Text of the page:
Elucidation of the antioxidant and antimicrobial activity of extracts of leaves of Neptunia prostrata Linn

Raja Chakraverty , Pritam Aon , Tatini Debnath , Prashanta Kumar Deb , Pranabesh Chakraborty

Abstract

The herb Neptunia prostrata Linn. which belongs to Mimosaceae family has been used in folkloric medicine in the North-eastern states of India, Assam and Tripura by indigenous herbal healers since time immemorial but there is a scarcity of any background study documenting its use as an antimicrobial herb. This unmet need led to the present study being conceptualised with the objective to evaluate any antioxidant property and antimicrobial activity of the leaf extracts of this herb in the selected strains of bacteria. For the same, plants were collected and authenticated. Following identification of these herbs, methanolic, ethanolic, pet ether and chloroform extracts were prepared using soxhletion. Acute toxicity study as per OECD guidelines 420 was assessed in wistar albino rats and in swiss albino mice (n=5) of both sexes at doses of 2000 mg/kg body weight and did not reveal any morbidity or mortality in the animals within the stipulated period. Phytochemical screening was performed on all four extracts of Neptunia prostrata. Phytochemical constituents depicted the presence of glycoside, and flavonoids in only ethanolic, methanolic and chloroform extracts. Alkaloids were present in the chloroform extract. The antimicrobial activity was performed by disc agar diffusion method with respect to amoxicillin at standard doses against ATCC strains of Gram positive Staphylococcus aureus, Bacillus subtilis and Gram negative Salmonella typhi. The herbs showed antioxidant activity comparable to standard antioxidants in-vitro such as Ascorbic acid (Vitamn C) with comparable IC 50 values. The results of the antibacterial assay on the basis of the zone of inhibition (mm) and MIC values of the extracts of (NPHE) under study suggest these two indigenous herb have conspicuous and potent putative role in the therapeutics of a vast plethora bacterial infections that need to be corroborated for the expansion of future prospective in-vivo studies with larger sample size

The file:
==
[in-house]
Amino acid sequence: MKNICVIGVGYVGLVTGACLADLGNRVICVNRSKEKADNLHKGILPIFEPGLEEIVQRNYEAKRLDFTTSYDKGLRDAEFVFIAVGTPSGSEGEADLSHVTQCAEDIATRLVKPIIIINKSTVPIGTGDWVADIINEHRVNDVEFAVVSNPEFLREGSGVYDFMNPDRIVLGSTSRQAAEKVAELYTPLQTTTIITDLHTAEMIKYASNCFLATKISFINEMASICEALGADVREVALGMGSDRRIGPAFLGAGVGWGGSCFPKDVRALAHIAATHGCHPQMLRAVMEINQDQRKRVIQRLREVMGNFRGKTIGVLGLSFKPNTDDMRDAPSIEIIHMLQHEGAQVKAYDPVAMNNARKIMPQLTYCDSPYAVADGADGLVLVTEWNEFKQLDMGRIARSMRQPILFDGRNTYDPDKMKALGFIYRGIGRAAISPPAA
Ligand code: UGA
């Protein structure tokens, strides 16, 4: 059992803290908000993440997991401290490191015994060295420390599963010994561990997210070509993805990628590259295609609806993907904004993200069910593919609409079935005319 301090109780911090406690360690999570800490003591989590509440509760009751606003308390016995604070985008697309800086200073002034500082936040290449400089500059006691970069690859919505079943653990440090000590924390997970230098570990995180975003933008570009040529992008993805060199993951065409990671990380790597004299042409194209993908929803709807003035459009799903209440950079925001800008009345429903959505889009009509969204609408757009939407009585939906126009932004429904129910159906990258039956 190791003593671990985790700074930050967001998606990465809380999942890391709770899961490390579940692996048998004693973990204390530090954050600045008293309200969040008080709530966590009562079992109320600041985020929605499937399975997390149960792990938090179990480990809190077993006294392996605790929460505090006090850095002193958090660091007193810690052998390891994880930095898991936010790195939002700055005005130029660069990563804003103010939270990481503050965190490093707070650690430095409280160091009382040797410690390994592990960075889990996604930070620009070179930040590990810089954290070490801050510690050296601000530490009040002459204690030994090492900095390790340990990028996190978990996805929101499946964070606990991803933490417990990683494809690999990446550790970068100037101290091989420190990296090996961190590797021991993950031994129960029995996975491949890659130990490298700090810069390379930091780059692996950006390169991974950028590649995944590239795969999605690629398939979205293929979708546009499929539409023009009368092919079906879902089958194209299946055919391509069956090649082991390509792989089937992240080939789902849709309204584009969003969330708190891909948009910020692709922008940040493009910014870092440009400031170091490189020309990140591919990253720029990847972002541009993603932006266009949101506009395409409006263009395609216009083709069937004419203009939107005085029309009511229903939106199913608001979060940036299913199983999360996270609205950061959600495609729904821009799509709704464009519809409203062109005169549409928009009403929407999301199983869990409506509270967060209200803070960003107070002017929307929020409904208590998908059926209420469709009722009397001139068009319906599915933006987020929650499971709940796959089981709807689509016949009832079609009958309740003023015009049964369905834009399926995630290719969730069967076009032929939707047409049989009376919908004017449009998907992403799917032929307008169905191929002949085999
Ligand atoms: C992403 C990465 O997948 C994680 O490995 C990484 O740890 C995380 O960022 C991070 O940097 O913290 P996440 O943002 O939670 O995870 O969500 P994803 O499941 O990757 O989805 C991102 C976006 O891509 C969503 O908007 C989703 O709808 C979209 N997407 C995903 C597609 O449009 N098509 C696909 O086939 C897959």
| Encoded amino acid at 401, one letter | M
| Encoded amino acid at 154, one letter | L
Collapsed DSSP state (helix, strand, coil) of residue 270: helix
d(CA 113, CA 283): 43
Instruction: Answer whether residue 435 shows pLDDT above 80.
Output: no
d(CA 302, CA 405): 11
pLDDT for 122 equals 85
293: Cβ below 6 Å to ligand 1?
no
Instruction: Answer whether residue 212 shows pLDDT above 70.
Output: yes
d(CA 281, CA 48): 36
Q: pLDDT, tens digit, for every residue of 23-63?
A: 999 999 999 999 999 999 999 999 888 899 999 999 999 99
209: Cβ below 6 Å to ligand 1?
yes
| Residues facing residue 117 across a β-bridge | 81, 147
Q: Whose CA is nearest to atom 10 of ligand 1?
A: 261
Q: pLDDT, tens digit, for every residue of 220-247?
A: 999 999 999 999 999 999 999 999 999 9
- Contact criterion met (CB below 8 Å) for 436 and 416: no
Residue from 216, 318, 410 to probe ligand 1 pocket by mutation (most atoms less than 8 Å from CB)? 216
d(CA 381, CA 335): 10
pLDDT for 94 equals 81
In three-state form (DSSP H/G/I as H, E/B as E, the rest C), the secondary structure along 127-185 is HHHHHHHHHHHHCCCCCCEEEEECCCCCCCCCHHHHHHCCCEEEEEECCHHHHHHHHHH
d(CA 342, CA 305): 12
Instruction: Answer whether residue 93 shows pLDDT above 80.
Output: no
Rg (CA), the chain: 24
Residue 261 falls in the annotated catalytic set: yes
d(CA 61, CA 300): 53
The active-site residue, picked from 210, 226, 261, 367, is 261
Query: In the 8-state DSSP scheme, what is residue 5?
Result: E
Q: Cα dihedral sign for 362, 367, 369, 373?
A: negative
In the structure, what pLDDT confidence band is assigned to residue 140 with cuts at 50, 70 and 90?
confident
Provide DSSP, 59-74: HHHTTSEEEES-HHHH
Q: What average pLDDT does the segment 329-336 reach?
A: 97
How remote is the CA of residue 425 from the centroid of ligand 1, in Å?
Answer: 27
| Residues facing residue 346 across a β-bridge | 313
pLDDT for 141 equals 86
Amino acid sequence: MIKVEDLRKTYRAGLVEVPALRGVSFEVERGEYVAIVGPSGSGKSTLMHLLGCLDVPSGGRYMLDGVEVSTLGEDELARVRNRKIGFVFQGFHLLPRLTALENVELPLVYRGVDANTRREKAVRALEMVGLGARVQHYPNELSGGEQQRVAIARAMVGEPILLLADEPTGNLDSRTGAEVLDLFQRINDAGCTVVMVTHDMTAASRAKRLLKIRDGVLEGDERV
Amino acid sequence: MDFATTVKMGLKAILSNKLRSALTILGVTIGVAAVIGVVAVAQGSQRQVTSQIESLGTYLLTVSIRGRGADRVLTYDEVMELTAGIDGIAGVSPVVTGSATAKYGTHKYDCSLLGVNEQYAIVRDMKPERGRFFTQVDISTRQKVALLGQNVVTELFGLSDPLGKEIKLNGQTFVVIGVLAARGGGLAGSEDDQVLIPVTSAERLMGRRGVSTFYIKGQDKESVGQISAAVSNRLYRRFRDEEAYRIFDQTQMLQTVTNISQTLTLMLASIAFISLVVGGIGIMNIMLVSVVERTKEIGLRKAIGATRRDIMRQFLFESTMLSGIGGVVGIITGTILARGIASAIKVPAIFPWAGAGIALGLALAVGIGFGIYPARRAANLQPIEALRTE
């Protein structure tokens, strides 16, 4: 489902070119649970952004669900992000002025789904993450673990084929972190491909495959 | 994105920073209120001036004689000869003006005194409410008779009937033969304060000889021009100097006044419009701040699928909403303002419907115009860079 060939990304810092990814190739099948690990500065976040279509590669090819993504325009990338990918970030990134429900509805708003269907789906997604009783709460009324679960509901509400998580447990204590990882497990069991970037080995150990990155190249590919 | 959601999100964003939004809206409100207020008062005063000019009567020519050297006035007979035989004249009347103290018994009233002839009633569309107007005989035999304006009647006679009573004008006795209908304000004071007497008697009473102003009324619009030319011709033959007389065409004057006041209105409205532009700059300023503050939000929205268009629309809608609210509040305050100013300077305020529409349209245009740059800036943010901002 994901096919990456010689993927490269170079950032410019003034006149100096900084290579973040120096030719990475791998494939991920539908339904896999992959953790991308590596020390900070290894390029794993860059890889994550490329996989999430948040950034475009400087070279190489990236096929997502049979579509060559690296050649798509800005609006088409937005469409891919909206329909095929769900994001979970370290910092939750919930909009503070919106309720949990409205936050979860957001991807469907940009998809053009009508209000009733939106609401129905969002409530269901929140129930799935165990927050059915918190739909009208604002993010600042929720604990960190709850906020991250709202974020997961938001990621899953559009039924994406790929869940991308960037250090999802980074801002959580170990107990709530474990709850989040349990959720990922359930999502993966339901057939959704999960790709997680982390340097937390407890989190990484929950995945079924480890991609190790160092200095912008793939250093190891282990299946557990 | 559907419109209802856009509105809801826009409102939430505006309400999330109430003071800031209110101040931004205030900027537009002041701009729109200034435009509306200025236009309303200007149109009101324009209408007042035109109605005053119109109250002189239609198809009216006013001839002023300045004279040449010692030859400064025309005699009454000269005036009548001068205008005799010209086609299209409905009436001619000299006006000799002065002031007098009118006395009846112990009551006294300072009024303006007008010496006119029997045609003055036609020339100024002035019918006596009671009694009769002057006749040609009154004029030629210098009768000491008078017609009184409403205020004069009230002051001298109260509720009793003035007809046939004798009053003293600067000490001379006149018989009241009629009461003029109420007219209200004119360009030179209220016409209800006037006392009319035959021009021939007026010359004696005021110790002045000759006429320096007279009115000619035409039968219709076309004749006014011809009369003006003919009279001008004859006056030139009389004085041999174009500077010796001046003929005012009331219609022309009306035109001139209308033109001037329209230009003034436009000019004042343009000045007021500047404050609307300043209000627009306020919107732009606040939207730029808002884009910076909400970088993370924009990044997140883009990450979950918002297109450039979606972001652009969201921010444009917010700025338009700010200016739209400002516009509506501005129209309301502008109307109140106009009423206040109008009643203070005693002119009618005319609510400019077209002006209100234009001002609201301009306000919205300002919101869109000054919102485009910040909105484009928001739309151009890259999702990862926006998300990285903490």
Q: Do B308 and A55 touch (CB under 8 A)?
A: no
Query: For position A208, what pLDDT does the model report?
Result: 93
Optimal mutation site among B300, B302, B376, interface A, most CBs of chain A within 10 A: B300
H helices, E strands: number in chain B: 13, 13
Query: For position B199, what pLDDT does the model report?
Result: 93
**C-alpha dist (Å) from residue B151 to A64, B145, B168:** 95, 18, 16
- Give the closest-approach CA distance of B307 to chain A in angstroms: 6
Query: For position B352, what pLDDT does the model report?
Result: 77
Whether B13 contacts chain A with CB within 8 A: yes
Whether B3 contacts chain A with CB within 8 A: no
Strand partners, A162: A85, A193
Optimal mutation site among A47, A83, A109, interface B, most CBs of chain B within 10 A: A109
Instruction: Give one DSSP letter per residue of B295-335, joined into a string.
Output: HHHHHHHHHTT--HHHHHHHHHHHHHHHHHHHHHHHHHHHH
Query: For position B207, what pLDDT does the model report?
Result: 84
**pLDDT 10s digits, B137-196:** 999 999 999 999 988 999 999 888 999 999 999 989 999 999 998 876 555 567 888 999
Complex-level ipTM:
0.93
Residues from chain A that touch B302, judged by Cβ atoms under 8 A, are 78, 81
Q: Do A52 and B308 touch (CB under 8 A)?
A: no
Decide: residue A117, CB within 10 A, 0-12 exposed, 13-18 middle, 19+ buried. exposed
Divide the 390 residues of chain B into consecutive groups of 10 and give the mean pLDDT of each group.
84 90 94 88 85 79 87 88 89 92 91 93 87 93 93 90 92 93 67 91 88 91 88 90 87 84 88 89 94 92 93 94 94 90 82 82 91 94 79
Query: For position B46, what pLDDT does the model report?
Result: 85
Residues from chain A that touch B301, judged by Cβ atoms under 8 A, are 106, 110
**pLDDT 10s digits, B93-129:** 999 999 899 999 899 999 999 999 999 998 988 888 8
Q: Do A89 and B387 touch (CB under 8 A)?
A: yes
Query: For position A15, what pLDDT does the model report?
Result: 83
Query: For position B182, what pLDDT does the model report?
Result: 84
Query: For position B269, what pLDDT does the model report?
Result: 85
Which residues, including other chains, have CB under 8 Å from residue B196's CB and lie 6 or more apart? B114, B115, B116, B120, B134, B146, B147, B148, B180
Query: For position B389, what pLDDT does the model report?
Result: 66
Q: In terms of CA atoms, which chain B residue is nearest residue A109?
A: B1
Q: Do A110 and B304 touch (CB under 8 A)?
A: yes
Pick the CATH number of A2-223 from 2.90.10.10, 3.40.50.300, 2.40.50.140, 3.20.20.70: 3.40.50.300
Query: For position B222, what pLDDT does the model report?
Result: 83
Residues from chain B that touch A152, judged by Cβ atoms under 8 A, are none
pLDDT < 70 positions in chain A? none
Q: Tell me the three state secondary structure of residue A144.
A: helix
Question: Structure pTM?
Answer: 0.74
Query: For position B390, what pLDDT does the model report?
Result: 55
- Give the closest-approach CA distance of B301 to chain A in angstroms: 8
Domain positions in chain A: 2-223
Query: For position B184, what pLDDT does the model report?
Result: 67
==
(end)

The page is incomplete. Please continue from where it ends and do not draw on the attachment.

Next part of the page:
Download PDF